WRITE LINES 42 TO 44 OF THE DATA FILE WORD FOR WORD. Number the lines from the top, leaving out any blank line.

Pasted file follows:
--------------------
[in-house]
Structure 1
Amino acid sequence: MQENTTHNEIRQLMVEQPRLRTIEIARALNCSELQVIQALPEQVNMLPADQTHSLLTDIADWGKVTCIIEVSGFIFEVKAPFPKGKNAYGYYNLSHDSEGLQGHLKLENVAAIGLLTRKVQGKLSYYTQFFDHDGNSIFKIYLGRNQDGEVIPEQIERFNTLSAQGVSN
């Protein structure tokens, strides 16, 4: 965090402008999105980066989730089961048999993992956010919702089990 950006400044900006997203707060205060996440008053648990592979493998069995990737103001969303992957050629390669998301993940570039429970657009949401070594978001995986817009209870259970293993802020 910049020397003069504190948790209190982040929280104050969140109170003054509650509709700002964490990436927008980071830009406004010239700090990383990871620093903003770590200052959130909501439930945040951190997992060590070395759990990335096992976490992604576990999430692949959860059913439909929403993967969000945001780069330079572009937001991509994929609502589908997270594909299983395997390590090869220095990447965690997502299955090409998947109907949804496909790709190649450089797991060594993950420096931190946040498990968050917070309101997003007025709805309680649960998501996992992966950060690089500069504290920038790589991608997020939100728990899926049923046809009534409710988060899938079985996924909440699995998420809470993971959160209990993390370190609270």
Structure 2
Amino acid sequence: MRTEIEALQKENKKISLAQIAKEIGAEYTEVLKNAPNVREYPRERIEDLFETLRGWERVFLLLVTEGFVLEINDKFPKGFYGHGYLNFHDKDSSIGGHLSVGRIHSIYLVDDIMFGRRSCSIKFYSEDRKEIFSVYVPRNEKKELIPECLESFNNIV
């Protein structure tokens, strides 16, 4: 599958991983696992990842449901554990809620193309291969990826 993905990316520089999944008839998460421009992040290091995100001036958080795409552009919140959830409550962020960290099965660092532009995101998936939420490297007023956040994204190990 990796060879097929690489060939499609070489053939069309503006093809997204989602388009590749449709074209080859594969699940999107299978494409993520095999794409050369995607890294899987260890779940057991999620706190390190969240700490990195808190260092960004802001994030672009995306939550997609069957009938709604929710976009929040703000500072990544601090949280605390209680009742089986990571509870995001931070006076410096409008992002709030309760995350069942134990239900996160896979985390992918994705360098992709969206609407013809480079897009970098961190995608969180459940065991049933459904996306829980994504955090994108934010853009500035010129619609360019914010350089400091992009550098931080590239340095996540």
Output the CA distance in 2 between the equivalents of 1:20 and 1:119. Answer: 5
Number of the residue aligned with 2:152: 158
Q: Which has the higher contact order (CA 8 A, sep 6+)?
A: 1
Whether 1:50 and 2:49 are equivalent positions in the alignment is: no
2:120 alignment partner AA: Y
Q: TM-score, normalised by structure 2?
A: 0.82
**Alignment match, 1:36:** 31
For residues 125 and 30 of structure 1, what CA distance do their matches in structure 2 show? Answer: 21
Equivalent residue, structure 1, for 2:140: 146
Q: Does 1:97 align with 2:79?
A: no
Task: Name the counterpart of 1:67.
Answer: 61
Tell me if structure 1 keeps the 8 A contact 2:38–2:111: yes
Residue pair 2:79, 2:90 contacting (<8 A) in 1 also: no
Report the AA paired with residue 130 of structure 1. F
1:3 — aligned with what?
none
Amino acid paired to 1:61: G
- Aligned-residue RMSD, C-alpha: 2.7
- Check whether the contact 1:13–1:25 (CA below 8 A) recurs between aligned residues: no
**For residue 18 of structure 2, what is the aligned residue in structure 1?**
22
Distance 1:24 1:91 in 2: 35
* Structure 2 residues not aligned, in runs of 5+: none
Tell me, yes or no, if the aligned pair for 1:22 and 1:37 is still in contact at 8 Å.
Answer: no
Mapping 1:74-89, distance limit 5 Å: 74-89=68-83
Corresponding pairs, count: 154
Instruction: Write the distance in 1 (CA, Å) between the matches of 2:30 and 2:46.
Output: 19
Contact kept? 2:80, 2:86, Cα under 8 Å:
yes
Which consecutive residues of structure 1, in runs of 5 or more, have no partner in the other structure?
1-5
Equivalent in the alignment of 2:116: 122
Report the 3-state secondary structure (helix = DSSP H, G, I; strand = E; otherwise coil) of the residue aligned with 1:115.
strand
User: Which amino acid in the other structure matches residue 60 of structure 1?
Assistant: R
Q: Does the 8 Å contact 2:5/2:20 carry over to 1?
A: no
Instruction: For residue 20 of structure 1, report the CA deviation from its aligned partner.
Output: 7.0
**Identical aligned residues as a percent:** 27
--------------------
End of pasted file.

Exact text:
yes
Which consecutive residues of structure 1, in runs of 5 or more, have no partner in the other structure?
1-5